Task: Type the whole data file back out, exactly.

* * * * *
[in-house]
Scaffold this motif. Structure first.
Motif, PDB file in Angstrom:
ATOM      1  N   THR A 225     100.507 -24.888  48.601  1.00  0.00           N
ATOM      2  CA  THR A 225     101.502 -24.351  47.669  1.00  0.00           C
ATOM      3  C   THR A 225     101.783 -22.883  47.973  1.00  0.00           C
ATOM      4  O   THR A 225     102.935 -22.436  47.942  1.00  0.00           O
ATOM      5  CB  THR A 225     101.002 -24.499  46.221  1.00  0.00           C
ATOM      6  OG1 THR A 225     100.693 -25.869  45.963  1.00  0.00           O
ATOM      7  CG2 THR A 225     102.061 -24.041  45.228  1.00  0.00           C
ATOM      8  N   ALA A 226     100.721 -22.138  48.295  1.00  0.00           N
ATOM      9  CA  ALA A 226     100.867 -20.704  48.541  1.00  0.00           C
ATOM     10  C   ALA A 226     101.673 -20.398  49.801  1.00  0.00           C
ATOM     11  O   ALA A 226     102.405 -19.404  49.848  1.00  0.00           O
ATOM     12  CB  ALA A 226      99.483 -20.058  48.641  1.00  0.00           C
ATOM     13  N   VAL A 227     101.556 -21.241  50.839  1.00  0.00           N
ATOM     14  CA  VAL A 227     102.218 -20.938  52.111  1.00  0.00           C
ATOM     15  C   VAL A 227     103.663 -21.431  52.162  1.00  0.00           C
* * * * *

[in-house]
Scaffold this motif. Structure first.
Motif, PDB file in Angstrom:
ATOM      1  N   THR A 225     100.507 -24.888  48.601  1.00  0.00           N
ATOM      2  CA  THR A 225     101.502 -24.351  47.669  1.00  0.00           C
ATOM      3  C   THR A 225     101.783 -22.883  47.973  1.00  0.00           C
ATOM      4  O   THR A 225     102.935 -22.436  47.942  1.00  0.00           O
ATOM      5  CB  THR A 225     101.002 -24.499  46.221  1.00  0.00           C
ATOM      6  OG1 THR A 225     100.693 -25.869  45.963  1.00  0.00           O
ATOM      7  CG2 THR A 225     102.061 -24.041  45.228  1.00  0.00           C
ATOM      8  N   ALA A 226     100.721 -22.138  48.295  1.00  0.00           N
ATOM      9  CA  ALA A 226     100.867 -20.704  48.541  1.00  0.00           C
ATOM     10  C   ALA A 226     101.673 -20.398  49.801  1.00  0.00           C
ATOM     11  O   ALA A 226     102.405 -19.404  49.848  1.00  0.00           O
ATOM     12  CB  ALA A 226      99.483 -20.058  48.641  1.00  0.00           C
ATOM     13  N   VAL A 227     101.556 -21.241  50.839  1.00  0.00           N
ATOM     14  CA  VAL A 227     102.218 -20.938  52.111  1.00  0.00           C
ATOM     15  C   VAL A 227     103.663 -21.431  52.162  1.00  0.00           C